LAKERS WIN RACE TO FINISH NBA: L.A. MATCHES WARRIORS' PACE IN OLD-SCHOOL SHOOTOUT FOR THIRD-STRAIGHT VICTORY. LAKERS 123, GOLDEN STATE 113.
It was frantic. It was frenzied. It was fun.
The Lakers and Golden State Warriors played with the accelerator mashed to the floor Sunday night. They raced around the Staples Center court at top speed from start to finish, apparently unaware that hitting the brakes was an option.
When the checkered flag dropped, the Lakers had taken a 123-113 victory from the Warriors in front of a well-entertained sellout crowd of 18,997.
The win was the Lakers' third in a row after road victories over the Minnesota Timberwolves last Tuesday and the Denver Nuggets on Wednesday. It also was their ninth consecutive victory over the Warriors.
Contributions came from here, there and seemingly everywhere for the Lakers.
Kobe Bryant led the Lakers with 28 points, but shot only 9 of 23. He also had eight assists and six rebounds in 38 minutes. The Lakers survived -- and even thrived -- despite Bryant's poor shooting because of their scoring depth.
Andrew Bynum matched his career high with 20 points and also had 11 rebounds and five blocked shots. Derek Fisher had 15points, Lamar Odom scored 14points and grabbed 10 rebounds, and Vladimir Radmanovic added 14 points.
Baron Davis led Golden State with 20 points, but had only five after the first quarter. Stephen Jackson added 18 points for the Warriors.
"We knew how they were going to play," Odom said of the Warriors' frenetic pace. "Their style is real loose. Games like that are always fun to play."
The teams wore throwback uniforms, which set the tone for an old-school shootout. The Lakers donned replica jerseys from the 1987-88 season. The Warriors' uniforms were from 1974-75, their lone title season while in the Bay Area.
"No hot pants," Odom said before the game.
No, the teams wouldn't go so far as to return to the short shorts of yesteryear.
Still, there were elements of the NBA's high-scoring past on display.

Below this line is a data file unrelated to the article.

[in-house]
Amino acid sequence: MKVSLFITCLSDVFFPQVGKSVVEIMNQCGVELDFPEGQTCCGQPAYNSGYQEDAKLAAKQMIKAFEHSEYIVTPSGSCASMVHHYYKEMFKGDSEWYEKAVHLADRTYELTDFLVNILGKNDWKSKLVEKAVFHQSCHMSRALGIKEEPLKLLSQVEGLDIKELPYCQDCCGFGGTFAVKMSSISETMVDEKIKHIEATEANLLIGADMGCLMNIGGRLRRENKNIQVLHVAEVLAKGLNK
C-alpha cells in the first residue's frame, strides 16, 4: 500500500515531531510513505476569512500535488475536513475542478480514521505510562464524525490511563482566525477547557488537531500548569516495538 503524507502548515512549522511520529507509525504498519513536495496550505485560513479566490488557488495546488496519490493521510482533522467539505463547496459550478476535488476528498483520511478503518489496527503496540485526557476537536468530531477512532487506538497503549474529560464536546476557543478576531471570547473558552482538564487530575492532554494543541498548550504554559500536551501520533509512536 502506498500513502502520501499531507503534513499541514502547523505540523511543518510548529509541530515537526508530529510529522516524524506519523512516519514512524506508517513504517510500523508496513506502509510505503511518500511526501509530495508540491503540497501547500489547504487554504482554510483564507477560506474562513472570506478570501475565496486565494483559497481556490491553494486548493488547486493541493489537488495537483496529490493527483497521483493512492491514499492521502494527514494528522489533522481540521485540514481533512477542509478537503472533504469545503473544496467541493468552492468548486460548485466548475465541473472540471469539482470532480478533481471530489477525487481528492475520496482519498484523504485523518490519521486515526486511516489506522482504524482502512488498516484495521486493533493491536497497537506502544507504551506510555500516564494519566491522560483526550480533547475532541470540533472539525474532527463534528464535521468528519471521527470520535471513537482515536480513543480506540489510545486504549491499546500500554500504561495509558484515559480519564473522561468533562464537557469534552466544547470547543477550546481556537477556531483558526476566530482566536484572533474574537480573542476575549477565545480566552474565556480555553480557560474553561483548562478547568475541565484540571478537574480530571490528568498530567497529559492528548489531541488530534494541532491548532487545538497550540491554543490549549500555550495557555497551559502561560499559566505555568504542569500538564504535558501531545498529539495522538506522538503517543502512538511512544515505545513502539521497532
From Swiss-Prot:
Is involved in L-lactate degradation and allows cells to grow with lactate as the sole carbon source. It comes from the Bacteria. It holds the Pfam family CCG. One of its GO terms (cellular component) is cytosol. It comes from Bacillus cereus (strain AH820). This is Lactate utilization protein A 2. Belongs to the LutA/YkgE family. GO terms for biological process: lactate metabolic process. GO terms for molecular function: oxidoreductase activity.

The Lakers aren't afraid to play at breakneck speed this season, having adjusted their triangle offense in search of more fastbreak opportunities.
The Warriors seldom need encouragement to run and gun, even it means pulling up for 3-pointers.
Certainly, a high-tempo game suits the Warriors more than the Lakers. But the Lakers stuck with them like lint on a wool sweater, never hesitating when it might have seemed more prudent to slow down the pace.
The Lakers eased away from the Warriors in the second half by turning up the intensity on defense.
They turned a 60-59 halftime lead into a 10-point victory because they shared the ball and helped each other defensively.
"When everyone is involved offensively, it helps our defense," Odom said. "When everyone gets involved, it seems like we're a better team. The ball moves, everyone's making shots and we're a pretty good defensive team, too."
With Bryant scoring only two points on 1-for-7 shooting to start the game, the Lakers searched high and low for a go-to guy before settling on the 20-year-old Bynum.
It was a sound move considering the Warriors' lack of size. Bynum was more or less free to roam the paint without concerning himself with defensive pressure.
Andris Biedrins, a 6-foot-11, third-year player from Latvia, lined up against Bynum, but was overmatched from the start.
Bynum scored on a variety of layups and dunks. He even attempted a 17- foot jump shot, but missed. He was much more successful at close range, scoring 15points on 7-for-12 shooting in the first half.
In addition to leading the Lakers in scoring in the first half, Bynum had a team-high six rebounds.
vs. San Antonio, 7:30 p.m., Staples Center.
The Lakers' Andrew Bynum defends against Golden State's Andris Biedrins on Sunday. Bynum matched his career-high with 20 points.
Kevin Chang/Staff Photographer